Lincoln Center presents mostly Mozart
Dwight Casimere | 8/6/2013, 5:40 p.m.
NEW YORK---Grammy Award-winning piano virtuoso Emanuel Ax rendered a precise elucidation of Beethoven's Piano Concerto No. 2 in B-flat major, with British violinist and conductor Andrew Manze on the podium with the Mostly Mozart Festival Orchestra at Lincoln Center.
In a program of compositional "heavyweights" that more resembled an evening at The Proms or at the Royal Festival Hall in London, no doubt familiar territory to Manze, this was a night that promised much and, indeed, delivered on all counts.
Rather than featuring anything by Mozart, as one would expect at a Mozart festival, the night's program was all about Beethoven, with his highly evocative Symphony No. 6, "Pastoral," to conclude the evening after the interval. Emanuel Ax began by performing Beethoven's Piano Concerto No. 2 with the artist playing Beethoven's original cadenzas. Ax's reading of this oft-played piece was precise, but layered with emotion. The arpeggios and sustained trills of the left hand were as crisp and brilliant as points of light in the constellations in the opening Allegro con brio. The Adagio showed Ax's brilliant command of Beethoven's towering vision of the work, with both he and Manze leaning into the work with depth of feeling, without going overboard into Schmaltz. The concluding Rondo: Molto allegro saw Emanuel and Manze kick things into high gear, while retaining a modicum of constraint that allowed the contrapuntal themes repeated by Beethoven from the earlier movements, to ring through the intricate netting of new motifs that were sprinkled throughout this delightfully exuberant masterpiece.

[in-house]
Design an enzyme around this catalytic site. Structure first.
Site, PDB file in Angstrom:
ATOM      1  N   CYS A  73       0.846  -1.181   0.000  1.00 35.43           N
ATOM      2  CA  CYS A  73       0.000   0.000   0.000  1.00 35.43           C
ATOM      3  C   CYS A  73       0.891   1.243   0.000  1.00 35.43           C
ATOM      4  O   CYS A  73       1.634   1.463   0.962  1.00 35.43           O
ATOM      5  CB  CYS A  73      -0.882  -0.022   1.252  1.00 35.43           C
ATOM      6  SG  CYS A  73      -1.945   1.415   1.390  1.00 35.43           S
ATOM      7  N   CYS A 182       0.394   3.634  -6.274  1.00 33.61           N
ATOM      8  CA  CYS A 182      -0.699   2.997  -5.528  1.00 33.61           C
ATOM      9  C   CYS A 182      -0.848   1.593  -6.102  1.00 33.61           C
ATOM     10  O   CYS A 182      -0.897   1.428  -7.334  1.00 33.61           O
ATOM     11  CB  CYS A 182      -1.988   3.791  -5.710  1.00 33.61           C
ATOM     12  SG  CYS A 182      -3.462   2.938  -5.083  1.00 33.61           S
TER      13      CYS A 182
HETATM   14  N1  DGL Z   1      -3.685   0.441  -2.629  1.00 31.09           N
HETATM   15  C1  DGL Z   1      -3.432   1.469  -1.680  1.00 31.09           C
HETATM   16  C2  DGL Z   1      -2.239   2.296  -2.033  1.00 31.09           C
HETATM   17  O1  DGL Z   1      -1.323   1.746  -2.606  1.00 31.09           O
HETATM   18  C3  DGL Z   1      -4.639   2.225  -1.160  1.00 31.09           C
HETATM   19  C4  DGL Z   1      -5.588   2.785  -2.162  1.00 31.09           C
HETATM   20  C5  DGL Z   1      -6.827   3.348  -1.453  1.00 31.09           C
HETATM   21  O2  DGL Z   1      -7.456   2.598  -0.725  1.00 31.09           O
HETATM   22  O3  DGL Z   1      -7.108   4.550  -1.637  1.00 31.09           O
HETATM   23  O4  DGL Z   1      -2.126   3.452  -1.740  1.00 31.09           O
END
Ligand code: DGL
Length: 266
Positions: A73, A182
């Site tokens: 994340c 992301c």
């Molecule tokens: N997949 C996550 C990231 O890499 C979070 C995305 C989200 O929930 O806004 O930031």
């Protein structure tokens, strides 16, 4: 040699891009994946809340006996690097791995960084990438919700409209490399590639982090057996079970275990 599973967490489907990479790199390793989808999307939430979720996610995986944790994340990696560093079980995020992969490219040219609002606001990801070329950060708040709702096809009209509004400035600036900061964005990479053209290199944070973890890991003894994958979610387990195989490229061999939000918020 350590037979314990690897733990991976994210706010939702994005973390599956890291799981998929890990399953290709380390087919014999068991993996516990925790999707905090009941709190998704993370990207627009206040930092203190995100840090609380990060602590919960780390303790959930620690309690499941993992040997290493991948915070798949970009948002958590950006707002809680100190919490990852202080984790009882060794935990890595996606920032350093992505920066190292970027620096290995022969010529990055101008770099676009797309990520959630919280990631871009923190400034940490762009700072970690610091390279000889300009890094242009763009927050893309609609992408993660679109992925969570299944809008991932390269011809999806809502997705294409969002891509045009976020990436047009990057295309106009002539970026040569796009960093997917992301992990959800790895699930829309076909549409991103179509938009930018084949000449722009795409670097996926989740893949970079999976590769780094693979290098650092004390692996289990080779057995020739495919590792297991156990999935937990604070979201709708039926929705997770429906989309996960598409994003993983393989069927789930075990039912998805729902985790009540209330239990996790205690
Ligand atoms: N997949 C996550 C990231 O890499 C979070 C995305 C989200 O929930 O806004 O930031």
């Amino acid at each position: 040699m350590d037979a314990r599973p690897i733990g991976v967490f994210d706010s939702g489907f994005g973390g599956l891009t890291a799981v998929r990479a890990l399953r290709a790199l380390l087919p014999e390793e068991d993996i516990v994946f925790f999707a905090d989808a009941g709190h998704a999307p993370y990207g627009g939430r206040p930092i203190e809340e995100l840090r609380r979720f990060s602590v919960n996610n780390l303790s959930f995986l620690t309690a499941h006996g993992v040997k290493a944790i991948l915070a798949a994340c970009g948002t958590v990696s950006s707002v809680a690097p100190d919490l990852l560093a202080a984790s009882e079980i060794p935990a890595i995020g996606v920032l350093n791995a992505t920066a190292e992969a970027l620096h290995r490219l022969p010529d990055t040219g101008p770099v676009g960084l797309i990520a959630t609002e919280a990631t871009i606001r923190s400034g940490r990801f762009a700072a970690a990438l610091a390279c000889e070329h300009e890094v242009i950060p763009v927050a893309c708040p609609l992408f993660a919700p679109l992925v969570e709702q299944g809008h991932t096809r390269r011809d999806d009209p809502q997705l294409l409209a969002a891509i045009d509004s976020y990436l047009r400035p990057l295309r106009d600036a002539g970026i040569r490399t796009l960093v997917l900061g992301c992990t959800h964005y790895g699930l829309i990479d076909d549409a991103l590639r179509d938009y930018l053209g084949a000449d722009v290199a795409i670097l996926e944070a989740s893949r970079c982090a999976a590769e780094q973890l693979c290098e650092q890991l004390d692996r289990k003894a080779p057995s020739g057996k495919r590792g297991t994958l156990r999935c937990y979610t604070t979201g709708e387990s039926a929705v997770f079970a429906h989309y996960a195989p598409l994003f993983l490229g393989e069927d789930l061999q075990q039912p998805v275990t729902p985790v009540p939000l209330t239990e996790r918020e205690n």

Andrew Manze's interpretation of the Symphony No. 6, "Pastoral" was true to Beethoven's vision of the piece as, in the composer's words, "more an expression of feeling than painting." Although one of his most unabashedly programmatic works, it still stands as one of Beethoven's great achievements of structure and daring content in symphonic form. Depicting a walk in the country, the composer's encounter with a group of dancing peasants, a quiet reflective moment by a brook, and then his survival of a raging storm and a concluding song of thanksgiving, the much-beloved "Shepherd's hymn," Manze and the festival orchestra practically danced through this riveting piece. Tempos were bright and unhurried. Manze was careful to bring out the composer's underlying themes, while letting melodic configurations soar above the dense orchestrations with majesty. The Shepherd's hymn read like a benediction of hope and redemption that resonated beyond the work's conclusion.